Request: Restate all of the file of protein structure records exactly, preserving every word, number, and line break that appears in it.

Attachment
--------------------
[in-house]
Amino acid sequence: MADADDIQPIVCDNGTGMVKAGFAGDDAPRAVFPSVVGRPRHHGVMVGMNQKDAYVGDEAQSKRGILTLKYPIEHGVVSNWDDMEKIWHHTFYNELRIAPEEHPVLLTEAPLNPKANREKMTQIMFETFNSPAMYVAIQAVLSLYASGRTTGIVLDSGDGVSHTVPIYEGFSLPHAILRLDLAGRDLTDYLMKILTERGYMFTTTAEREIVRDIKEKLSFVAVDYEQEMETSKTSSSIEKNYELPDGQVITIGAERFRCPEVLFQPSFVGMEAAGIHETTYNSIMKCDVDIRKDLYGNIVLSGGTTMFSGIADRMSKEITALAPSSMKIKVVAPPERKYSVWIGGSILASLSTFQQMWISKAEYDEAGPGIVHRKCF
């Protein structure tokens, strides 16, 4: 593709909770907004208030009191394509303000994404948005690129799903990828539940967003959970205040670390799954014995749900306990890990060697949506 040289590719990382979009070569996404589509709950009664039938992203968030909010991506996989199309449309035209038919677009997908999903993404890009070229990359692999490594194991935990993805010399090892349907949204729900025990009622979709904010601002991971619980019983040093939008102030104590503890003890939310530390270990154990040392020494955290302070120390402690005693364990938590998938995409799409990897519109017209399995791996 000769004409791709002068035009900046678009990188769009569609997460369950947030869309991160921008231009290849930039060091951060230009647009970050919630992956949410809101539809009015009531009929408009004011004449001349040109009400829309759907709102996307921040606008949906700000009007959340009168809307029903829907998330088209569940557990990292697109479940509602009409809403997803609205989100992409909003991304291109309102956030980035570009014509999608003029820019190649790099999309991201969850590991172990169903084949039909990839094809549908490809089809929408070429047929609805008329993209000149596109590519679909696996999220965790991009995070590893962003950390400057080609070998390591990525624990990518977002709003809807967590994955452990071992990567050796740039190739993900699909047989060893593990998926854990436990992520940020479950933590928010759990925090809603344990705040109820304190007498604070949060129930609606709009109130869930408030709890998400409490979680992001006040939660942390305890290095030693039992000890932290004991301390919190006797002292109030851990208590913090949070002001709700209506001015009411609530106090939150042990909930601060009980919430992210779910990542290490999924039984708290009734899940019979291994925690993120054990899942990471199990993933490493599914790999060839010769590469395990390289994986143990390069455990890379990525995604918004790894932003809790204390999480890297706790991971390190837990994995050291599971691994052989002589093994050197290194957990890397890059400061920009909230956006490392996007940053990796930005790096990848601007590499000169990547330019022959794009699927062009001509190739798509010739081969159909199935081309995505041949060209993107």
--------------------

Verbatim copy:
[in-house]
Amino acid sequence: MADADDIQPIVCDNGTGMVKAGFAGDDAPRAVFPSVVGRPRHHGVMVGMNQKDAYVGDEAQSKRGILTLKYPIEHGVVSNWDDMEKIWHHTFYNELRIAPEEHPVLLTEAPLNPKANREKMTQIMFETFNSPAMYVAIQAVLSLYASGRTTGIVLDSGDGVSHTVPIYEGFSLPHAILRLDLAGRDLTDYLMKILTERGYMFTTTAEREIVRDIKEKLSFVAVDYEQEMETSKTSSSIEKNYELPDGQVITIGAERFRCPEVLFQPSFVGMEAAGIHETTYNSIMKCDVDIRKDLYGNIVLSGGTTMFSGIADRMSKEITALAPSSMKIKVVAPPERKYSVWIGGSILASLSTFQQMWISKAEYDEAGPGIVHRKCF
């Protein structure tokens, strides 16, 4: 593709909770907004208030009191394509303000994404948005690129799903990828539940967003959970205040670390799954014995749900306990890990060697949506 040289590719990382979009070569996404589509709950009664039938992203968030909010991506996989199309449309035209038919677009997908999903993404890009070229990359692999490594194991935990993805010399090892349907949204729900025990009622979709904010601002991971619980019983040093939008102030104590503890003890939310530390270990154990040392020494955290302070120390402690005693364990938590998938995409799409990897519109017209399995791996 000769004409791709002068035009900046678009990188769009569609997460369950947030869309991160921008231009290849930039060091951060230009647009970050919630992956949410809101539809009015009531009929408009004011004449001349040109009400829309759907709102996307921040606008949906700000009007959340009168809307029903829907998330088209569940557990990292697109479940509602009409809403997803609205989100992409909003991304291109309102956030980035570009014509999608003029820019190649790099999309991201969850590991172990169903084949039909990839094809549908490809089809929408070429047929609805008329993209000149596109590519679909696996999220965790991009995070590893962003950390400057080609070998390591990525624990990518977002709003809807967590994955452990071992990567050796740039190739993900699909047989060893593990998926854990436990992520940020479950933590928010759990925090809603344990705040109820304190007498604070949060129930609606709009109130869930408030709890998400409490979680992001006040939660942390305890290095030693039992000890932290004991301390919190006797002292109030851990208590913090949070002001709700209506001015009411609530106090939150042990909930601060009980919430992210779910990542290490999924039984708290009734899940019979291994925690993120054990899942990471199990993933490493599914790999060839010769590469395990390289994986143990390069455990890379990525995604918004790894932003809790204390999480890297706790991971390190837990994995050291599971691994052989002589093994050197290194957990890397890059400061920009909230956006490392996007940053990796930005790096990848601007590499000169990547330019022959794009699927062009001509190739798509010739081969159909199935081309995505041949060209993107």